Saltie Crafts - with Emma Carlisle

Friday 15 December 2023
Saltie Crafts - with Emma Carlisle

The narrative has always been important to you. Do you see/imagine stories unfold in the landscapes you illustrate?

The narrative has always felt like a huge part of my process and I’ve always loved storytelling (I’d even make tiny illustrated books when I was little and read them to anyone who’d listen!) In 2018 I suffered from really bad mental health after some difficult life changes and decided to take a step back from children’s books and develop my illustration work. I think when you’re creative you can tell when something feels right and at the time I knew my work wasn’t making me happy.

I fell into landscapes by accident as I was taking part in Helen Stephens #walktosee project where she encourages illustrators to go and draw from life. Living in Devon it was easy for me to pack a rucksack full of art supplies and go sketching by the coast. I think wanting to spend more time in nature mixed withdrawing on location gave me a real passion for landscapes. Over the last 6 months, I’ve started to feel narrative naturally creep back into my work and I often find myself wondering who’s living in the houses I’m drawing. I feel really satisfied when I add little washing lines, fences or swings because those hints of life give an open narrative for others to discover and I really love that.

Your paintings are largely inspired by Devon and Cornwall. Do you have some favourite locations that you love to observe and paint?

Oooo tricky! I love exploring Devon and Cornwall and I’m very lucky that I have such understanding friends who don’t mind me whipping out my sketchbook when we go out for coffee! Having a sketchbook in my bag means that I’m always ready to draw, even if it’s a quick 15-minute sketch to get down some loose shapes or a sense of place. Me and my friend Emily Powell (who makes the most beautiful, colourful paintings) had a drawing day in Falmouth last summer which was lovely and I also visited Salcombe with my friend Holly Wales (who’s also an amazing illustrator) and both of these trips inspired me to work on bigger canvas pieces once I’d got home - although this is part of my process which I’m still trying to master (sketchbook to canvas) and I’ve not quite got the hang of it … yet!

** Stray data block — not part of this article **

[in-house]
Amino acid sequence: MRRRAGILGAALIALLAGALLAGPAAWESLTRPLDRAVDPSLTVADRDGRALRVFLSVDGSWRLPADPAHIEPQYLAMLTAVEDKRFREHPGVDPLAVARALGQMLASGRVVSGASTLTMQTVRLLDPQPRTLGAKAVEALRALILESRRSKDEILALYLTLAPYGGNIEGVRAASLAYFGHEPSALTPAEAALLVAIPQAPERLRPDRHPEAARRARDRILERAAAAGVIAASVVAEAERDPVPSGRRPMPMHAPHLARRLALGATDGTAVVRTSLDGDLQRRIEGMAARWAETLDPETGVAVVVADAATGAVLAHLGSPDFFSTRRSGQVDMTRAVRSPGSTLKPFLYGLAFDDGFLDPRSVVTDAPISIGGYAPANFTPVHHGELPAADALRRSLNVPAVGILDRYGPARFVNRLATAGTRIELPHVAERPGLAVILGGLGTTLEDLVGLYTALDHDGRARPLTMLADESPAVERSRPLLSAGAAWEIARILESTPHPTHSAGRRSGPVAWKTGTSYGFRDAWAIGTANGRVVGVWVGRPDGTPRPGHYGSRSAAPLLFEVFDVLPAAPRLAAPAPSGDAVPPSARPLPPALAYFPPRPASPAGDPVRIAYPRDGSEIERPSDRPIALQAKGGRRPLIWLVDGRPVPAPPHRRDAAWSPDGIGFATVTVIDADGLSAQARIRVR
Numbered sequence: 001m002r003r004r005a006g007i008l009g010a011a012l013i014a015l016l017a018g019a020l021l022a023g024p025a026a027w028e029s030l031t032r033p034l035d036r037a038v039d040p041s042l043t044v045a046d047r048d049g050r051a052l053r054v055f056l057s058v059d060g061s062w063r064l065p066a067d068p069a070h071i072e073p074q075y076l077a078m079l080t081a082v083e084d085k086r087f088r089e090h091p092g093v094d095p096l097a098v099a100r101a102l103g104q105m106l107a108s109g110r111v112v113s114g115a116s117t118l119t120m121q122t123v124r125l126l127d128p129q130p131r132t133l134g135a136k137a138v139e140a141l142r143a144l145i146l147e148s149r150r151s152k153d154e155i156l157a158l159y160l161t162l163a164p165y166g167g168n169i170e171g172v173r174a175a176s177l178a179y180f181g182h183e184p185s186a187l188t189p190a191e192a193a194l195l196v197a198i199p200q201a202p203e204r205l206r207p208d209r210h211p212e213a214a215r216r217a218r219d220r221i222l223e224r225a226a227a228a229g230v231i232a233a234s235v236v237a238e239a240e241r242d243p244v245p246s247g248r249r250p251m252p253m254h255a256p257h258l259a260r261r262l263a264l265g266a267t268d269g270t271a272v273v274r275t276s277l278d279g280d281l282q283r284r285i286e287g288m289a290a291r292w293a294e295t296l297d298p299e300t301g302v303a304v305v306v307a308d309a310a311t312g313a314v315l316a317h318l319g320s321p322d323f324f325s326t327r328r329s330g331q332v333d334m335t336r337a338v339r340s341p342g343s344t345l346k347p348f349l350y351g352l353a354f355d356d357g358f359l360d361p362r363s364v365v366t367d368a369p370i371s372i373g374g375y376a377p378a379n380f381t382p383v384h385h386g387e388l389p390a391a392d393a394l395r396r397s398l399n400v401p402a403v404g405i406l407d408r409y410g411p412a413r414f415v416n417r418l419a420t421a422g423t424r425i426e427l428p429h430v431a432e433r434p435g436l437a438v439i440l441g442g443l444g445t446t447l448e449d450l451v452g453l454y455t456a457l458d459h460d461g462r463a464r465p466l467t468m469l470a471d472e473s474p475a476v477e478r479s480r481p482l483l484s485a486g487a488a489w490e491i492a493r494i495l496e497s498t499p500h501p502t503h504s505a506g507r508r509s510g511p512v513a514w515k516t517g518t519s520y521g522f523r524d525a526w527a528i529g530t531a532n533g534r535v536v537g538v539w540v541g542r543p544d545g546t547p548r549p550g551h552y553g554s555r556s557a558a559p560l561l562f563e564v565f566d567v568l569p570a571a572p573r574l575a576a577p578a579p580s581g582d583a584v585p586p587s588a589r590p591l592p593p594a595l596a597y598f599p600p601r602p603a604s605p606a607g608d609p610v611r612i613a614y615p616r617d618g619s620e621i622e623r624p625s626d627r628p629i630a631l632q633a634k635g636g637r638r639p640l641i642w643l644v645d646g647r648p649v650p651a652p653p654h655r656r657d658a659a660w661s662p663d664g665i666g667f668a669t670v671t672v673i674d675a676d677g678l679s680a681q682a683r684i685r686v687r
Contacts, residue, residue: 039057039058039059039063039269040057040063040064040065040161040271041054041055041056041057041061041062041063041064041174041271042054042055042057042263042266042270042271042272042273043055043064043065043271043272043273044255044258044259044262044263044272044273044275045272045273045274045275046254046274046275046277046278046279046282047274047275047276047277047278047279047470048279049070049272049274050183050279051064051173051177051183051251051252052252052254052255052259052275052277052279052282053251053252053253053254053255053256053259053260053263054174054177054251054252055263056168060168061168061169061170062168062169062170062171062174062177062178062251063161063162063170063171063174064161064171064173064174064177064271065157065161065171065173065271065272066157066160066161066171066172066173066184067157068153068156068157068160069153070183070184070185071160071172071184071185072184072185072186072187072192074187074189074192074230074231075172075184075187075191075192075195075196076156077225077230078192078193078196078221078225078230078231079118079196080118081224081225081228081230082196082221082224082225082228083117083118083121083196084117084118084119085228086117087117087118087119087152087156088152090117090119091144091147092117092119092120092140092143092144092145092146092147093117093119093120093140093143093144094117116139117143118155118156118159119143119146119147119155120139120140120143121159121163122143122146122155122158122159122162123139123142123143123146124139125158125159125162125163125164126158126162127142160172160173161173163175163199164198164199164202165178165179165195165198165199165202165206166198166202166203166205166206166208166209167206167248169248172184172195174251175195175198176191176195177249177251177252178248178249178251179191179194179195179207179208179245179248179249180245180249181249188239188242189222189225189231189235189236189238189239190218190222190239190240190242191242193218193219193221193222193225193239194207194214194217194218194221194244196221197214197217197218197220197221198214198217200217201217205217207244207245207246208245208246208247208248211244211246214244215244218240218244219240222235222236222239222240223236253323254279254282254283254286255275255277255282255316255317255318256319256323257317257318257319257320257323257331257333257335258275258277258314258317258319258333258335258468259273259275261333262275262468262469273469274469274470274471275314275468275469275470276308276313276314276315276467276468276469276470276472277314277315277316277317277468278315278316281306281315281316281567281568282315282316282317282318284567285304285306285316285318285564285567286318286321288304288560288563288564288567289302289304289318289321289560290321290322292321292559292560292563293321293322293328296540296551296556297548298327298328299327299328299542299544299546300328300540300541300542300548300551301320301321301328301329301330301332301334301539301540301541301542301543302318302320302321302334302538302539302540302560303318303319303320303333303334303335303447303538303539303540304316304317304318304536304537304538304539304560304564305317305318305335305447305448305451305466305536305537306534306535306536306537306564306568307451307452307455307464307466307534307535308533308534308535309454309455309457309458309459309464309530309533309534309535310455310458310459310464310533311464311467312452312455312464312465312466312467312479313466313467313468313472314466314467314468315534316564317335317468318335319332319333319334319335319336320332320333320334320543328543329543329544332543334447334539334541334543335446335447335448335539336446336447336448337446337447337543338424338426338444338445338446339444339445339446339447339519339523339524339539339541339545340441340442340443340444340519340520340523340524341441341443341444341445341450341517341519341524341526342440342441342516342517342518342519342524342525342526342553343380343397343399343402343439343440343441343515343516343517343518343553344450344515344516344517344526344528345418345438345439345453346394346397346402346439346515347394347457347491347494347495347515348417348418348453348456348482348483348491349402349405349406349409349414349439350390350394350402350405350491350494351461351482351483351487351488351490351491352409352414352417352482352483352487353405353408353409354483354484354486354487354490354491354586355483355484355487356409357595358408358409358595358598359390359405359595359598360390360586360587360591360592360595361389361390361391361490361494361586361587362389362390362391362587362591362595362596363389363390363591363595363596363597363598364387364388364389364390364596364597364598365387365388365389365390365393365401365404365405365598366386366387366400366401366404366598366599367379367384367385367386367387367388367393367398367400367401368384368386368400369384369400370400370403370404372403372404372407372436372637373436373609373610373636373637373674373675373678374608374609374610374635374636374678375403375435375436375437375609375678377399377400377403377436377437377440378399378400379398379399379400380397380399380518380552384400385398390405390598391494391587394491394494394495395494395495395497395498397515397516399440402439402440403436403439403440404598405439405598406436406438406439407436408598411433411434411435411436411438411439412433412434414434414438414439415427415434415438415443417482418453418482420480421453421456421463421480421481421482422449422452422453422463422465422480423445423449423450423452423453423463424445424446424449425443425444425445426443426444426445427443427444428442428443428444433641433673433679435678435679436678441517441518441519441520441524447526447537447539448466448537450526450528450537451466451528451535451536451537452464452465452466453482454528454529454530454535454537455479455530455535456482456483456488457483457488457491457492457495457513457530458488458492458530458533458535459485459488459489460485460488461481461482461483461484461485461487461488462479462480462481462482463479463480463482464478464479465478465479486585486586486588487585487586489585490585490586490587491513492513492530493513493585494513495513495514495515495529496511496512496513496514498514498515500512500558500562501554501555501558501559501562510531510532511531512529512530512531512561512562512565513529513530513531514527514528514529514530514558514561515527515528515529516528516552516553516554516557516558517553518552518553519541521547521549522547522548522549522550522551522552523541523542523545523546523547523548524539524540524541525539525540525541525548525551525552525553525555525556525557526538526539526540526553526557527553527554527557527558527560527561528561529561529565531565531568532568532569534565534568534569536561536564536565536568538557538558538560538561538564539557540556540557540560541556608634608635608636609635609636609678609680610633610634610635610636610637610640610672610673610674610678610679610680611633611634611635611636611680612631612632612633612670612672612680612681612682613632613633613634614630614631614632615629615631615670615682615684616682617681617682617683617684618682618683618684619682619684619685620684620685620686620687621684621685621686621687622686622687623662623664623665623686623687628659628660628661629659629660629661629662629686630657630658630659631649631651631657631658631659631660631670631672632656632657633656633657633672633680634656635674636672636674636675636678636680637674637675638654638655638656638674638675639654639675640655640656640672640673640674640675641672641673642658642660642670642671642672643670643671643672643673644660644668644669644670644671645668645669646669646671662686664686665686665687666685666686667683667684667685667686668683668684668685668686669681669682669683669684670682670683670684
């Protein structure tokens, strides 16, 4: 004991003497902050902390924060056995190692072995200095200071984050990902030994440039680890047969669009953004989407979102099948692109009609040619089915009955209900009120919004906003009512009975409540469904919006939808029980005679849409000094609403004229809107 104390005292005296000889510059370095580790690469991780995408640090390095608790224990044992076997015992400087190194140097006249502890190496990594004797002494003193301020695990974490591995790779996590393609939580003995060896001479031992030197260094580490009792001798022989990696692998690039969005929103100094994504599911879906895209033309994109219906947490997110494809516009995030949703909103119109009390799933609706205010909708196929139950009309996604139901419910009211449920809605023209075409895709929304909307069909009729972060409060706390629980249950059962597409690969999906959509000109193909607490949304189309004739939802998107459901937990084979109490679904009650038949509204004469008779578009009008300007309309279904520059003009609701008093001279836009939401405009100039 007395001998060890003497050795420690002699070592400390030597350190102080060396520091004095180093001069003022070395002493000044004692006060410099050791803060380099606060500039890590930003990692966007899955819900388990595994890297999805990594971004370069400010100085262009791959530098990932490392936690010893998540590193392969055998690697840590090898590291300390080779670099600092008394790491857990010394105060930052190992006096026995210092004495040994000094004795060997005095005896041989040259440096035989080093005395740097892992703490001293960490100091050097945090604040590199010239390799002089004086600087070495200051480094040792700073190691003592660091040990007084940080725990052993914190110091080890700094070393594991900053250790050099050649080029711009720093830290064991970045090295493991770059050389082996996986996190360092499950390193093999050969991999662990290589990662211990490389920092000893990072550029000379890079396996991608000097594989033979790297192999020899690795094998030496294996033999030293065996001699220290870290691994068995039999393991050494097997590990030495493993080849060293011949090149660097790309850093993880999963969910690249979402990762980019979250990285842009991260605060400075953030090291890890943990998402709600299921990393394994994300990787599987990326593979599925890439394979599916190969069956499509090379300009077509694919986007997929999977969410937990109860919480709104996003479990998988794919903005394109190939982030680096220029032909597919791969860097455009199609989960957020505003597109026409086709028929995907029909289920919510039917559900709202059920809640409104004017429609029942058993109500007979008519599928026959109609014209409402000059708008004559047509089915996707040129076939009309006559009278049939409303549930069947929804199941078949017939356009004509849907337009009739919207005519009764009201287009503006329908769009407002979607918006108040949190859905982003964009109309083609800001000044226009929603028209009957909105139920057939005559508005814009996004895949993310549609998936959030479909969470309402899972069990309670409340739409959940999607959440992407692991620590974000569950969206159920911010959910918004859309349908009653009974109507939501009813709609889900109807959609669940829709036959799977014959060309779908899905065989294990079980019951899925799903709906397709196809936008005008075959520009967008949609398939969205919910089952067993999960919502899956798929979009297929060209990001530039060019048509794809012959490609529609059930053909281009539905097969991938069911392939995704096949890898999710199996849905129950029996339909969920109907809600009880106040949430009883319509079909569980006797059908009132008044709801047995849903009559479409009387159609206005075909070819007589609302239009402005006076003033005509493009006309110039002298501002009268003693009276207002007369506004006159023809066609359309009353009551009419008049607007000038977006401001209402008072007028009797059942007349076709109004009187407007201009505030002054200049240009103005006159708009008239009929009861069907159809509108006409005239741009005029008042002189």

Do you have a particular love for a certain medium?

If I’m working in my sketchbook then there are a few materials in my pencil case that I couldn’t be without – Caran D’ache Luminance Pencils (my favourite colour is Paynes Grey), Caran D’ache Neo Colour Crayons, Royal Talens Ecoline Watercolour Pens and Tombow Brush Pens. I feel a mix of these gives you a great range of colour, texture and tone. If I’m painting then I personally love gouache, its such a friendly paint and is great for someone who’s just starting out – mainly because it washes out of clothes (I always seem to lean in my paint palettes!) but also they can be watered down and used like watercolour. Or you can use them thicker which means you can cover up mistakes! My work was recently featured in a book called Get Up and Gouache by Jessica Smith, which has lots of tips and advice for using gouache paint.